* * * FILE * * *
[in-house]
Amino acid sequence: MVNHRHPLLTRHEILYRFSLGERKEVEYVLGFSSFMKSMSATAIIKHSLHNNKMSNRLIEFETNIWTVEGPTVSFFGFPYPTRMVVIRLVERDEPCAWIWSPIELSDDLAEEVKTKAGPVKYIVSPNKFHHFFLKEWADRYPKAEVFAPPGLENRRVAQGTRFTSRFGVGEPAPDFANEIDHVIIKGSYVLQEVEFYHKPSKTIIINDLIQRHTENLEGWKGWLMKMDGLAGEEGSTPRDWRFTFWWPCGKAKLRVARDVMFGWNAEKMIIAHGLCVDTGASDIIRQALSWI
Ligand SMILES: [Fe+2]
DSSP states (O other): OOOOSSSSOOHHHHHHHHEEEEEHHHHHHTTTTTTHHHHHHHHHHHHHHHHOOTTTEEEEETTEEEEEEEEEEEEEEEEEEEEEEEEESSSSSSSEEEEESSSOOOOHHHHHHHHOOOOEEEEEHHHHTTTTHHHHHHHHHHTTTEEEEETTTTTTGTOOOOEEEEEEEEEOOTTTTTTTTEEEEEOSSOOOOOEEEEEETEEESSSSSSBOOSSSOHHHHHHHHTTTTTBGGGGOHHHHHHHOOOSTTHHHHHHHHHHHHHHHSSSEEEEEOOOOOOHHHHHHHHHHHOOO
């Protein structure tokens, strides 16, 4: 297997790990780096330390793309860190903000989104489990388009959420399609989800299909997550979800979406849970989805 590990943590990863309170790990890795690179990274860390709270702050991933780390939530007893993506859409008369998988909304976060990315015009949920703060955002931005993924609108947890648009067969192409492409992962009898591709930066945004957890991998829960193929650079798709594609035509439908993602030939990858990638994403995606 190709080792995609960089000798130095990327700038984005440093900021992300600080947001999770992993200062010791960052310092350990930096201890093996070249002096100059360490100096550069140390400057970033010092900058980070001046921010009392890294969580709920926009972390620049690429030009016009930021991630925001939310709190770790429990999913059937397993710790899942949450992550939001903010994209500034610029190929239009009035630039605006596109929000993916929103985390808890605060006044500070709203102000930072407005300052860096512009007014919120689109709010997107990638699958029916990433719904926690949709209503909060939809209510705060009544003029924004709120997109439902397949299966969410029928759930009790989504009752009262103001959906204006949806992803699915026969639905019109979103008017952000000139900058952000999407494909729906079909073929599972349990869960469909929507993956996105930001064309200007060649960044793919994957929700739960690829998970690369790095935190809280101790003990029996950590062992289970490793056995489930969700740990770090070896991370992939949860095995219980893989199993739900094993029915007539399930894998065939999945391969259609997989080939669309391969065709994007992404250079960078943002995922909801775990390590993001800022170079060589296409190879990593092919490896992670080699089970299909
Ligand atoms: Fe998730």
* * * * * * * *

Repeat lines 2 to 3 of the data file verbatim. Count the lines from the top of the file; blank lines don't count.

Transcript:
Amino acid sequence: MVNHRHPLLTRHEILYRFSLGERKEVEYVLGFSSFMKSMSATAIIKHSLHNNKMSNRLIEFETNIWTVEGPTVSFFGFPYPTRMVVIRLVERDEPCAWIWSPIELSDDLAEEVKTKAGPVKYIVSPNKFHHFFLKEWADRYPKAEVFAPPGLENRRVAQGTRFTSRFGVGEPAPDFANEIDHVIIKGSYVLQEVEFYHKPSKTIIINDLIQRHTENLEGWKGWLMKMDGLAGEEGSTPRDWRFTFWWPCGKAKLRVARDVMFGWNAEKMIIAHGLCVDTGASDIIRQALSWI
Ligand SMILES: [Fe+2]